Excessive Outsourcing of the Hotelier’s Role: A Threat to the Trade
August 1, 2014 11:56am
by Georges Panayotis
It is undoubtedly because some of the components that diversified and enriched the hotelier’s trade were abandoned. Hoteliers answered –a bit too readily – the call of seductive Sirens beckoning with the promise of less work for more profit. Why bother with personnel management when cleaning, room maintenance and security can be outsourced? Why mobilize a team in the kitchen when it is so easy to get 4th and 5th range products, that are ready to assemble? Why work in the primary zone to develop a sales force when choosing to be part of a brand naturally brings in enough flow? Why work to develop loyalty when a listing on an online distributor’s site does all the work for you?
And the hotelier’s list of “good friends” entered into play to lighten the polyvalent innkeeper’s load in the kitchen, in the dining room, at reception, on the floors, at the tourist office at the town festival, at fairs and the threshold… But each one naturally lays claim to proper remuneration for their services, because every service deserves a salary. Work less, but earn more, while concentrating on welcoming guests can only last for as long as the euphoria of the good years of the hotel cycle. When the market becomes more difficult, turnover drops and the multitude of expenses becomes heavier until it reduces operating results to nothing.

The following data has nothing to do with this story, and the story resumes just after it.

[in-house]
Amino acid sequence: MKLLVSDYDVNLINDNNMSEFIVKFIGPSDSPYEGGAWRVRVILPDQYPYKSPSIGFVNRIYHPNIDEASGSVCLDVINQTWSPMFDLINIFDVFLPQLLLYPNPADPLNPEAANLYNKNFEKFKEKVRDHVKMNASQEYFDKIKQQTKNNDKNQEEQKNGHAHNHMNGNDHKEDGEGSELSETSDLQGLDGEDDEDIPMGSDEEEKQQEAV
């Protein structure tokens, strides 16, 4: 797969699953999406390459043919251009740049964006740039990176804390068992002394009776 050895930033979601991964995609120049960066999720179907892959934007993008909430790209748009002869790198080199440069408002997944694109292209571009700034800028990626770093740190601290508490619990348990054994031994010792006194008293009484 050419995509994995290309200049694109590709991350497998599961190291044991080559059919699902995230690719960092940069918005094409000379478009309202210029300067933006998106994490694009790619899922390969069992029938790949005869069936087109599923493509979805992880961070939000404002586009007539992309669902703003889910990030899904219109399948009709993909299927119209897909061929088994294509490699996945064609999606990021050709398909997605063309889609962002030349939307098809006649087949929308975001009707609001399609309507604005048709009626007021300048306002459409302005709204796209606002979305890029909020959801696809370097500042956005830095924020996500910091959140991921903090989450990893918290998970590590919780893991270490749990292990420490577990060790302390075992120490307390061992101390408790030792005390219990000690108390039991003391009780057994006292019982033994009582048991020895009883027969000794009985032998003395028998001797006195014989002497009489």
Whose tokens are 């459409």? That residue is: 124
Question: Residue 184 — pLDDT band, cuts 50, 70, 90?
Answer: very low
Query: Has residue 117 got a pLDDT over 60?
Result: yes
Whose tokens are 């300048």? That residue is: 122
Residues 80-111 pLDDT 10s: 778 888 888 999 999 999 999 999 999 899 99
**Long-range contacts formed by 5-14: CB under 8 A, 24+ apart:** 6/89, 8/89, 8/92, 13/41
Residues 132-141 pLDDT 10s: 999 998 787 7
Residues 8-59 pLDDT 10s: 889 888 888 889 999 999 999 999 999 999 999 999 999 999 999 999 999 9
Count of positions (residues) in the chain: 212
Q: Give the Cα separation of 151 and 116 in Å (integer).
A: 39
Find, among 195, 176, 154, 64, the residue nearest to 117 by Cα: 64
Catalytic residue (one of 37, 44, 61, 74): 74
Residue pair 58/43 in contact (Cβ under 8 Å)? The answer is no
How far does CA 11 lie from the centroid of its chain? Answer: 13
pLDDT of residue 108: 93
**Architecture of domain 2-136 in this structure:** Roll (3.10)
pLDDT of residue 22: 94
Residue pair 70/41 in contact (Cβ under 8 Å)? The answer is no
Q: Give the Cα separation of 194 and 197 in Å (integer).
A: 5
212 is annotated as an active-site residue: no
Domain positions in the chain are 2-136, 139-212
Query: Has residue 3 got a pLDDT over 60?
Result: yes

In attempts to sophisticate operations and hotel management, the basic economic model grew heavier. During periods of tension the owner-operator finds himself faced with expenses he has difficulty absorbing while suppliers relieve themselves of the risk but send in the bill. He has no other choice but to increase the price of services to a point that is considered unreasonable to a growing number of clients.
Periods of crisis offer an opportunity to raise questions. The time has come to wonder about the new economic mode or its renaissance based on the fundamentals of the hotel trade. Owner-operators need to come up for air and take a careful look at all those who have drained their resources. They must look at the customers’ interest in a product that might be more rustic, but more friendly and more in line with their current expectations. Instead of trying to make an outdated model more complex, it is necessary to take a look at simplicity and the core(s) of the hotel trade. It is undoubtedly not easy, but in order to stop clients from abandoning them for other kinds of accommodations and other destinations.
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Contact: Georges Panayotis
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